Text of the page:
An approach that combines fluorescence and cavity-QED methods enables the fast and reliable detection of single atoms, and should be useful for a series of atomic-physics and quantum-information protocols.

    • M. L. Terraciano
    • , R. Olson Knell
    • , D. G. Norris
    • , J. Jing
    • , A. Fernández
    •  & L. A. Orozco
  • Letter |

    Cooling optomechanical resonators to their quantum-mechanical ground state could enable the observation of quantum effects in macroscopic objects. The experimental cooling of a 43-ng silicon-nitride beam to a thermal occupancy of just 30 indicates that this ultimate goal is not too far away.

    • Simon Gröblacher
    • , Jared B. Hertzberg
    • , Michael R. Vanner
    • , Garrett D. Cole
    • , Sylvain Gigan
    • , K. C. Schwab
    •  & Markus Aspelmeyer
  • Letter |

    Combing cryogenic and so-called sideband cooling promises to cool micrometre-scaled resonators to the point at which quantum effects take hold. Hope that this aim will soon be reached is boosted by the demonstration of a deformed silica microsphere that is cooled so that it contains only 37 phonons.

    • Young-Shin Park
    •  & Hailin Wang
  • Letter |

    Conventional understanding of the magneto-optical Kerr effect, in which changes in the magnetization of a material cause changes in the polarization of reflected light, assumes that this incident light is continuous. However, first-principles simulations of nickel show that this assumption breaks down for femtosecond pulses of light, and establishes a firm foundation for understanding the dynamics of femtomagnetism.

    • G. P. Zhang
    • , W. Hübner
    • , Georgios Lefkidis
    • , Yihua Bai
    •  & Thomas F. George


  • Article |

    Measurements of the distribution of stochastic switching currents in homogeneous, ultra-narrow superconducting nanowires provide strong evidence that the low-temperature current-switching in such systems occurs through quantum phase slips—topological quantum fluctuations of the superconducting order parameter via which tunnelling occurs between current-carrying states.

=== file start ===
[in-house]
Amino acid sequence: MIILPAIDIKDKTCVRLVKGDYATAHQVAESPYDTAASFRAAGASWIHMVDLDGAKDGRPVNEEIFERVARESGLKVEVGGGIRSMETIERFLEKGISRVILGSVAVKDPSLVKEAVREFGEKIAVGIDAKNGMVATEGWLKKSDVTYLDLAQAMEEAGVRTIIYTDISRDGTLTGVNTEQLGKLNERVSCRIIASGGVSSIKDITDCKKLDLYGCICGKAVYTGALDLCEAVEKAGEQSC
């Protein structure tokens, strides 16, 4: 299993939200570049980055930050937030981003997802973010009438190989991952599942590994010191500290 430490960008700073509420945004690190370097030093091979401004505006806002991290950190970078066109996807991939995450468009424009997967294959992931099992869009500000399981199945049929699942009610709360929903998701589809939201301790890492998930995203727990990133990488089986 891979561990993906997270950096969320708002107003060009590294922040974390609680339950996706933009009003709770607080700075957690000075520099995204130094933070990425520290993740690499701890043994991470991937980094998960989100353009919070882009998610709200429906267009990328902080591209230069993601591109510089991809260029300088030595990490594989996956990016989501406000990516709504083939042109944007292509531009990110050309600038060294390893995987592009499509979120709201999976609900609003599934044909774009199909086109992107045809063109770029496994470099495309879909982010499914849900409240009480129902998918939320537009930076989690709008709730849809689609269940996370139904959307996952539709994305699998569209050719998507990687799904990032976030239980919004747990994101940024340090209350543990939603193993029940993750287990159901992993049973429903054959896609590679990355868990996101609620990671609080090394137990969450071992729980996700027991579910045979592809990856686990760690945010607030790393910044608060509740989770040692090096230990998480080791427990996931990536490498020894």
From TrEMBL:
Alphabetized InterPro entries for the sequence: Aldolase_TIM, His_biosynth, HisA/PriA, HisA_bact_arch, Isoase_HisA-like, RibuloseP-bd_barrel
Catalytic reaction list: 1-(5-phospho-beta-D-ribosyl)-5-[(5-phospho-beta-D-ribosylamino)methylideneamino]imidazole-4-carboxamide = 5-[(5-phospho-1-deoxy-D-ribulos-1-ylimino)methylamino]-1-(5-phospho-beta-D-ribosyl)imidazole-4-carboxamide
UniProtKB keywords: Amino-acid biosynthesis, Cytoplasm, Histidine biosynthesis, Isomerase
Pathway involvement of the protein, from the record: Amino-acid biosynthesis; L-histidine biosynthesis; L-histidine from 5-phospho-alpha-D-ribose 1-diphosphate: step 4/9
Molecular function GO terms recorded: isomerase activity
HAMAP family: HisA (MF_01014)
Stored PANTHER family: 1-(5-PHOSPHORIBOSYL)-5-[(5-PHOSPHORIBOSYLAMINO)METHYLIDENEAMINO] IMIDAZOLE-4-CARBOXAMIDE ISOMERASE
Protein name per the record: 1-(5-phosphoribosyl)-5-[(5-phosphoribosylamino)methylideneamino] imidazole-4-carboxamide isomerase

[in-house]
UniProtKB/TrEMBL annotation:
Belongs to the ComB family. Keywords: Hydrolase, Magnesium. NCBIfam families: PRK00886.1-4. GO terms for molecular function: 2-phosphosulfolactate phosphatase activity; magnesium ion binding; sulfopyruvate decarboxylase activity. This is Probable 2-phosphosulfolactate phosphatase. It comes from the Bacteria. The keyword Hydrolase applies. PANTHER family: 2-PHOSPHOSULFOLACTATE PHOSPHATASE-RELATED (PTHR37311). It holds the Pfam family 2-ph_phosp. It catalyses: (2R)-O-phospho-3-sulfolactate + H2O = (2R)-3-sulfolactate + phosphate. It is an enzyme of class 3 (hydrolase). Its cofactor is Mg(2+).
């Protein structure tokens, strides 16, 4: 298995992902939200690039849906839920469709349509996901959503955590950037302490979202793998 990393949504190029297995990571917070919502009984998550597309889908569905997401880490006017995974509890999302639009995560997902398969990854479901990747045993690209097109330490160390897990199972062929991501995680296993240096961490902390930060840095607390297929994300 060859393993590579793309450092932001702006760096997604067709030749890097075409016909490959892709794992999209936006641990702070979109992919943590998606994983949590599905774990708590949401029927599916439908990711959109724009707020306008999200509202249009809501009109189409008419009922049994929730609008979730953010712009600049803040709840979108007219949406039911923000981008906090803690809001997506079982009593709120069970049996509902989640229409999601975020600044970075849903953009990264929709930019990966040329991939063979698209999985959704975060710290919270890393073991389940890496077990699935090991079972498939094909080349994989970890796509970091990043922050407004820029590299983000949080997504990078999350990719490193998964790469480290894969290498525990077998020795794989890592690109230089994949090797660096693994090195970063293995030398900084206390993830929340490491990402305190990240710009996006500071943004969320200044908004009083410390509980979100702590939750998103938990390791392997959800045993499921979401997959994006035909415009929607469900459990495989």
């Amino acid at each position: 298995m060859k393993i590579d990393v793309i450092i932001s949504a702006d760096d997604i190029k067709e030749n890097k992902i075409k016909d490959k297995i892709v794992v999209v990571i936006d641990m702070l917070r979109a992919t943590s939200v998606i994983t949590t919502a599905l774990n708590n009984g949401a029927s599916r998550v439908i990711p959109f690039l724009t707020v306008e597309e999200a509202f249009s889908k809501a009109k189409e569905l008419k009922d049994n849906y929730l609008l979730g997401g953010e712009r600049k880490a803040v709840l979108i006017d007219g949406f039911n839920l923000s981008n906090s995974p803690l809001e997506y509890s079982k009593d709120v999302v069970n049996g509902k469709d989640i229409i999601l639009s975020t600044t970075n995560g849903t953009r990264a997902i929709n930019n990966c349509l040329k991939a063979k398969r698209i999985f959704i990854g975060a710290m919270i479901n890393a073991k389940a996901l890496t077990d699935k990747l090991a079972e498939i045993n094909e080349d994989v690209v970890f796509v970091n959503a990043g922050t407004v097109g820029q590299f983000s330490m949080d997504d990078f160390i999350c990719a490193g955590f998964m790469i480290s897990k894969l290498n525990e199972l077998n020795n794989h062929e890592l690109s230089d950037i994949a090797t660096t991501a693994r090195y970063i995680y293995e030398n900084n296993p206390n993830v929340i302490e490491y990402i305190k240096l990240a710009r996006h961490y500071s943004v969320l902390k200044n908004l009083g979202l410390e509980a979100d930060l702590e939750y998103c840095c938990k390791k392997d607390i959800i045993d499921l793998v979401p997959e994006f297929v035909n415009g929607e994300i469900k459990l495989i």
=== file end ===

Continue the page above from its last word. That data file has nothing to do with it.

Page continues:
• Mitrabhanu Sahu
    • , Myung-Ho Bae
    • , Andrey Rogachev
    • , David Pekker
    • , Tzu-Chieh Wei
    • , Nayana Shah
    • , Paul M. Goldbart
    •  & Alexey Bezryadin
  • Article |

    Optomechanical systems in which a high-quality optical resonator is coupled to a mechanical oscillator hold great promise for examining quantum effects in relatively large structures. As a step towards this, a silica microtoroid has now been cooled to the point that it has just 63 thermal quanta.

    • A. Schliesser
    • , O. Arcizet
    • , R. Rivière
    • , G. Anetsberger
    •  & T. J. Kippenberg
  • Article |

    Femtosecond laser pulses can demagnetize ferromagnetic metallic thin films on an ultrafast timescale. Studying how a single optical pulse interacts with a magnetic film now provides a better understanding of this so-called femtomagnetism.

    • Jean-Yves Bigot
    • , Mircea Vomir
    •  & Eric Beaurepaire
  • Article |

    Magnetic reconnection—the process by which magnetic field-lines break and reform in a plasma—is believed to be an important part of many astrophysical phenomena, but is poorly understood. The recreation of 3D reconnection events in a laboratory plasma provides a powerful means of studying the parameters that govern the onset, evolution and decay of this process.

    • T. P. Intrator
    • , X. Sun
    • , G. Lapenta
    • , L. Dorf
    •  & I. Furno